DB pension surplus grows to £40bn

The aggregate surplus of defined benefit (DB) pension schemes in the UK continued to grow last month, standing at £40bn as of the end of February 2022, according to the PwC Pension Funding Index.

This represents a £10bn improvement on the previous month, based on assets of £1,730bn, down from £1780bn as of the end of January 2022, and liabilities of £1,690, down from £1750bn in January 2022.

PwC’s Adjusted Funding Index, meanwhile, which incorporates strategic changes available for most pension schemes, including a move away from low-yielding gilt investments to higher-return, income-generating assets, and a different approach for potential life expectancy changes, has remained at a surplus of £200bn.

This figure also incorporated strategic changes available for most pension schemes, including a move away from low-yielding gilt investments to higher-return, income-generating assets, and a different approach for potential life expectancy changes.

Commenting on the latest update, PwC global head of pensions, Raj Mody, noted that pension schemes generally remain well funded based on their own assessments for funding purposes, despite the volatility and disruption in markets over February.

"Many sponsors and trustees are now revisiting their journey plans - their long-term goals and how they’re going to get there," he continued.

“Those who are focused on securing members’ benefits for good might find that they are closer to that goal than they realise. They should be careful not to build up more money than is needed as there have been many situations of schemes being overfunded and value lost in the process of moving to a third party.”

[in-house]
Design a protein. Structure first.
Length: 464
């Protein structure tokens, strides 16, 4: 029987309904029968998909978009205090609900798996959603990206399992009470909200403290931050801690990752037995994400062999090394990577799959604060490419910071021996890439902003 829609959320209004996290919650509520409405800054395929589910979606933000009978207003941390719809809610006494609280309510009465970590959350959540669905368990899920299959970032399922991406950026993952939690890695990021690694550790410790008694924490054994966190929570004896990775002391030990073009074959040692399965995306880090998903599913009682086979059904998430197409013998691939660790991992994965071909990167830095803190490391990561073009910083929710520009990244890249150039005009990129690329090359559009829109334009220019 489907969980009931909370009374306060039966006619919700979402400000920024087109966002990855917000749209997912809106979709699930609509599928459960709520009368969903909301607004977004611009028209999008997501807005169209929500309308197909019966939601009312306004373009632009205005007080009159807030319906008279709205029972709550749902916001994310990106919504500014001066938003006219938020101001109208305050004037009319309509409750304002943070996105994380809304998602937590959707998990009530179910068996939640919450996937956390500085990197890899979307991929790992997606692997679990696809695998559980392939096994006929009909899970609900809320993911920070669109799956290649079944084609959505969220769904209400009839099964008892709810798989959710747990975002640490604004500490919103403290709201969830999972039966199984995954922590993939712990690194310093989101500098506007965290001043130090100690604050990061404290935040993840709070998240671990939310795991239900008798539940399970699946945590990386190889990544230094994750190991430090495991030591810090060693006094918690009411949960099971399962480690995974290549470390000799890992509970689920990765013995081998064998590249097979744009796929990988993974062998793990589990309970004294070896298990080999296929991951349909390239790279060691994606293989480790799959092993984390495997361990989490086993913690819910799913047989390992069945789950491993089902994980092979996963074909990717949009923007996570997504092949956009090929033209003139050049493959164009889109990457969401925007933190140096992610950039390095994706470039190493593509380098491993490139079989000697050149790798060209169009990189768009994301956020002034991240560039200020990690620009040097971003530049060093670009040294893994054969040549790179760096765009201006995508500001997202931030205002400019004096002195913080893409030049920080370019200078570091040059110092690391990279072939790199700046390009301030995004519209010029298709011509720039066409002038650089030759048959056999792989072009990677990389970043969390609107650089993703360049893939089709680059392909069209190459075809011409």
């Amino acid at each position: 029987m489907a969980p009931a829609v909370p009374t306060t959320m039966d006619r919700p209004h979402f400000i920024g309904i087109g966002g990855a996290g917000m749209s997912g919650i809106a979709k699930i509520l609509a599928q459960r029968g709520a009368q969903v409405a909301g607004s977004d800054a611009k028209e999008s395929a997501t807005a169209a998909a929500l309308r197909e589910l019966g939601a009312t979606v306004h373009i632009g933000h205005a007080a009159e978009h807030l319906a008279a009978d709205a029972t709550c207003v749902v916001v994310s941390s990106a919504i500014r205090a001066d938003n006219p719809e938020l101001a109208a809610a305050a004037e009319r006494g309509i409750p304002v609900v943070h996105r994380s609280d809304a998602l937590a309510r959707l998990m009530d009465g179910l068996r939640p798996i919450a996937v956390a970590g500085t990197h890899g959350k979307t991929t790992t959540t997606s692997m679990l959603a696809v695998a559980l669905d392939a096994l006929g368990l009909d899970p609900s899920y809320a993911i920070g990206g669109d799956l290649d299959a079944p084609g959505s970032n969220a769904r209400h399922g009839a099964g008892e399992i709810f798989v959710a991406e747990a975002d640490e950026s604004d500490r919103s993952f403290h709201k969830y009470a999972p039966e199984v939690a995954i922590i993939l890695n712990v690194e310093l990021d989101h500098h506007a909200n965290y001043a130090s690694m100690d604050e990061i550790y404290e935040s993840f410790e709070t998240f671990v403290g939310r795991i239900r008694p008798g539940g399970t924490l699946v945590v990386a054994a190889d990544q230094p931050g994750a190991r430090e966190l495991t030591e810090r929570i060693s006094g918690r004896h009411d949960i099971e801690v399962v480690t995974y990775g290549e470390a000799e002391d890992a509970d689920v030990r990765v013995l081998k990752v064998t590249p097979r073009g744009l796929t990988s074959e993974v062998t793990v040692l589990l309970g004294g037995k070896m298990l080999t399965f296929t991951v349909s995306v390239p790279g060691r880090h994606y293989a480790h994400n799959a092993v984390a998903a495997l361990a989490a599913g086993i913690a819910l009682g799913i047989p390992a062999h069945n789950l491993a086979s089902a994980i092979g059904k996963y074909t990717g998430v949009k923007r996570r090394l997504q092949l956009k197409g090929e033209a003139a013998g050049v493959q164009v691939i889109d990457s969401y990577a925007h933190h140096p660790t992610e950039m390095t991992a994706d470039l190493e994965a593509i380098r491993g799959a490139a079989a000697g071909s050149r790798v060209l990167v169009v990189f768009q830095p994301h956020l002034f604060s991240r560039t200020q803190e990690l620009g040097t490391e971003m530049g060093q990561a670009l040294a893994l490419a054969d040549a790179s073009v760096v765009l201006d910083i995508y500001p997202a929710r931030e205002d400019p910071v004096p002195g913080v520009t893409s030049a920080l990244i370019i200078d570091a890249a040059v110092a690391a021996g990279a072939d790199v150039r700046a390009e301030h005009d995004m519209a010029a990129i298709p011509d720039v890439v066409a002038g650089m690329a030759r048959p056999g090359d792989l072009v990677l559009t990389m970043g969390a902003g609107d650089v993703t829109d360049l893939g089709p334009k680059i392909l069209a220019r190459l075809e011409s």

PwC also previously noted that DB schemes have remained out of overall deficit over the past 12 months, highlighting this sustained period of surplus as demonstration that well-funded schemes that want to transfer to a third party, such as an insurance company, are close to being able to do so.

However, the firm clarified that other assessments of their position remained helpful, noting that trustees and sponsors should stay focused on the measures that best align with their scheme-specific strategy.

PwC head of pension risk transfer, Swapnil Katkar, commented: “For schemes planning to transfer their pension risk to a third party, traditional measures of their funding, like technical provisions or solvency, may not give them the best indication of where market pricing is and how it is moving.

“For example, insurance companies typically invest a significant amount in credit assets like bonds. Their pricing will depend on the returns they can generate in the market, and is therefore heavily influenced by credit spreads on those assets.

“Schemes considering other market solutions, like consolidators or third party capital backed solutions, would need different measures depending on the target investment strategy and the returns underwritten by the provider. If schemes focus on measures which align with their target strategy, then they will have a better chance of being ready to transact when the time is right.”

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